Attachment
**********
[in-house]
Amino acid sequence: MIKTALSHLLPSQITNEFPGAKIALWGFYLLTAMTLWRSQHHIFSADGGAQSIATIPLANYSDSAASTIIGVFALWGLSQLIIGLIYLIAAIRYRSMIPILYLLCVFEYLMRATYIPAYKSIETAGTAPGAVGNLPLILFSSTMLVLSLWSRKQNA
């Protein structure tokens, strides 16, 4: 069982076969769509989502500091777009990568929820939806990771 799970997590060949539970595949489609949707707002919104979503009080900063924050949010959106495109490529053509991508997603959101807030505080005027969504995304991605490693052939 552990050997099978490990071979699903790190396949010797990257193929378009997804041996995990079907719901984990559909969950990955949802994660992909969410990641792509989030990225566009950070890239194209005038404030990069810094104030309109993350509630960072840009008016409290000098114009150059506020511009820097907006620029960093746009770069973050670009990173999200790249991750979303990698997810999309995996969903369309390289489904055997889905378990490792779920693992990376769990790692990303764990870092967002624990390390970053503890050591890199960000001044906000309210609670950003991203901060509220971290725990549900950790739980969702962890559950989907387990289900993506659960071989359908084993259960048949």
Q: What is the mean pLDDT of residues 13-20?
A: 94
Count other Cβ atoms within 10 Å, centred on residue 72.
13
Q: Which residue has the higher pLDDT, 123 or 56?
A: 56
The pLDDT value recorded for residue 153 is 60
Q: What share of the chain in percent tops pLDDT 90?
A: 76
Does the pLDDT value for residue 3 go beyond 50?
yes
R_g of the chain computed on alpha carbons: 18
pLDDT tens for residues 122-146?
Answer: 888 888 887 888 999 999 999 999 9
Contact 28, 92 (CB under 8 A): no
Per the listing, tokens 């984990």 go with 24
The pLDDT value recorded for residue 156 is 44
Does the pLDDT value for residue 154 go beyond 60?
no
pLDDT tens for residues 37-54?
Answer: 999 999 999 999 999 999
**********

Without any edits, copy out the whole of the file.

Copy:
[in-house]
Amino acid sequence: MIKTALSHLLPSQITNEFPGAKIALWGFYLLTAMTLWRSQHHIFSADGGAQSIATIPLANYSDSAASTIIGVFALWGLSQLIIGLIYLIAAIRYRSMIPILYLLCVFEYLMRATYIPAYKSIETAGTAPGAVGNLPLILFSSTMLVLSLWSRKQNA
């Protein structure tokens, strides 16, 4: 069982076969769509989502500091777009990568929820939806990771 799970997590060949539970595949489609949707707002919104979503009080900063924050949010959106495109490529053509991508997603959101807030505080005027969504995304991605490693052939 552990050997099978490990071979699903790190396949010797990257193929378009997804041996995990079907719901984990559909969950990955949802994660992909969410990641792509989030990225566009950070890239194209005038404030990069810094104030309109993350509630960072840009008016409290000098114009150059506020511009820097907006620029960093746009770069973050670009990173999200790249991750979303990698997810999309995996969903369309390289489904055997889905378990490792779920693992990376769990790692990303764990870092967002624990390390970053503890050591890199960000001044906000309210609670950003991203901060509220971290725990549900950790739980969702962890559950989907387990289900993506659960071989359908084993259960048949």
Q: What is the mean pLDDT of residues 13-20?
A: 94
Count other Cβ atoms within 10 Å, centred on residue 72.
13
Q: Which residue has the higher pLDDT, 123 or 56?
A: 56
The pLDDT value recorded for residue 153 is 60
Q: What share of the chain in percent tops pLDDT 90?
A: 76
Does the pLDDT value for residue 3 go beyond 50?
yes
R_g of the chain computed on alpha carbons: 18
pLDDT tens for residues 122-146?
Answer: 888 888 887 888 999 999 999 999 9
Contact 28, 92 (CB under 8 A): no
Per the listing, tokens 């984990």 go with 24
The pLDDT value recorded for residue 156 is 44
Does the pLDDT value for residue 154 go beyond 60?
no
pLDDT tens for residues 37-54?
Answer: 999 999 999 999 999 999